Writer: Michael Morpurgo
Adaptor: Nick Stafford
Director: Marianne Elliott &Tom Morris
Reviewer: Laura Hesketh
“I promise I won’t hurt you…I never will.”
Since 2007, the National Theatre’s adaptation of Michael Morpurgo’s stunning novel War Horse has been mesmerising audiences – and it is not hard to see why. The famous portrayal of Joey the horse using superb puppetry is the biggest appeal for many audiences, however the production also offers a heart-wrenching story about a boy, his horse and the suffering of the Great War.
Nick Stafford’s powerful adaptation is brimming with hope and reasons for admiration; it is clear from the astonishingly life-like puppets why the production is one which has been a favourite among audiences. The moment when Joey magically transforms from a young and vulnerable foal to a powerful and rearing horse is especially poignant, and proves that skilled and masterful puppetry can evoke emotion from an audience of all ages; the journey of the life-sized Joey plays on the heartstrings and the movement of the creature is beautifully recreated. Joey is a horse with substance and soul, and a rightful hero for Morpurgo’s Great War story.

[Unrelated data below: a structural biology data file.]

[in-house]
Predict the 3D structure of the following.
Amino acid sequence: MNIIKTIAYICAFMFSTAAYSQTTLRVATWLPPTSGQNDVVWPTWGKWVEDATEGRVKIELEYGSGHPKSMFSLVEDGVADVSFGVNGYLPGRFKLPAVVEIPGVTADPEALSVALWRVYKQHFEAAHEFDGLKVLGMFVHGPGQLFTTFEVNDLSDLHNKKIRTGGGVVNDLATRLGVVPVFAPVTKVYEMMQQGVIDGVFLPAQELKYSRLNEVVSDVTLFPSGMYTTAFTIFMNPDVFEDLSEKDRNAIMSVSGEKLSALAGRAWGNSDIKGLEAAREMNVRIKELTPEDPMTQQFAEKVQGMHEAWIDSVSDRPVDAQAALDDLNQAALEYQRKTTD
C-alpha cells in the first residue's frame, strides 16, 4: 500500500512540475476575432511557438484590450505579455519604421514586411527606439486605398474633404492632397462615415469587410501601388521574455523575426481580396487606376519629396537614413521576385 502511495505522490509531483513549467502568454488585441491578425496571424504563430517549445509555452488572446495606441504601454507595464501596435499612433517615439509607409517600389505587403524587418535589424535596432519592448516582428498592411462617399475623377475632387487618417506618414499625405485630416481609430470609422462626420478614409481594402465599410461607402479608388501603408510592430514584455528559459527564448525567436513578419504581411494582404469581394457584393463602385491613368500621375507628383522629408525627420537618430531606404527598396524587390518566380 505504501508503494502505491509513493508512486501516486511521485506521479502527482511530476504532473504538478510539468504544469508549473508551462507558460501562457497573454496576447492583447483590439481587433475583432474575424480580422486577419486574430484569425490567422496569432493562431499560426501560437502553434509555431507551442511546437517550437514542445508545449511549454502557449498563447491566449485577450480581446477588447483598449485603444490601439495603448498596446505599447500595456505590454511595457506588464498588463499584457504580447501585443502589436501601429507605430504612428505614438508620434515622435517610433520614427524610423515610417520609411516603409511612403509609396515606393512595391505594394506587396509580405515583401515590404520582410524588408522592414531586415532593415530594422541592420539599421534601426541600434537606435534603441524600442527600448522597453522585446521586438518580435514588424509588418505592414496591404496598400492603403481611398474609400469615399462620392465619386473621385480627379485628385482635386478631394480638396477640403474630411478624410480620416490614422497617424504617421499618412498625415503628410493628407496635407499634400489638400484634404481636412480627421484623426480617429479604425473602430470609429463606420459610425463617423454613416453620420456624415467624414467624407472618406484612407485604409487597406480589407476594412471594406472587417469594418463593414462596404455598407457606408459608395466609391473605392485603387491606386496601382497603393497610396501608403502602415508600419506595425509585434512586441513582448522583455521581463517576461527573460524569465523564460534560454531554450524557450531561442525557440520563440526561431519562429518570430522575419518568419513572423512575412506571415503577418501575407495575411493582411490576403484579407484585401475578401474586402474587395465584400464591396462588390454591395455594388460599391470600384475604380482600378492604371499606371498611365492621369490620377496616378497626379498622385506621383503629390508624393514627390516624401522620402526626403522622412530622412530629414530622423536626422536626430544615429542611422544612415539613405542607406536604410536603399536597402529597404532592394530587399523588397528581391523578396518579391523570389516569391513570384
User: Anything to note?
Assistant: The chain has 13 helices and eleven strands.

Audiences are captivated by the relationship between Joey and Albert as the production touchingly captures the mysterious relationship between animal and human; such affection between two species is made more powerful by the death and conflict between humans which haunts the piece throughout. Lee Armstrong holds his own as the loveable Albert Narracott, and he is supported by a strong cast who bring humour and raw emotion to the stage, as audiences are transported from a small Devon village to the front line. Intermixed throughout the beautiful score by Adrian Sutton are folk songs, mainly performed by Bob Fox; such songs give the production a unique edge in narrating the internal monologues of characters, as well as hauntingly foreshadowing events to come.
The puppetry not only aids the production in portraying Joey as a heroic horse, it is also the perfect tool to reflect the horrors of the Great War; as a tank moves threateningly towards the front of the stage, audiences gasp with shock and fright at the ominous object. With 2014 marking the 100th anniversary of the beginning of the First World War, it is apt that the imaginative production of War Horse continues to portray the futility of conflict and the massive sacrifice made by so many. The production succeeds in exposing the heartache which existed on both sides of the trenches, as both the English and Germans are portrayed with profound humanity.
The uniquely moving spectacle is guaranteed to leave audiences awe-struck, and Michael Morpurgo’s emotional story is brought to life in a heart-stopping production. War Horse is a production which the National Theatre should be hugely proud of, and the triumphant piece of theatre encapsulates the horror of war, but emphasises that sometimes it is worth risking your life for the ones you love, whether they have two legs or four.
Runs until 14th February 2015 | Photo Ellie Kurttz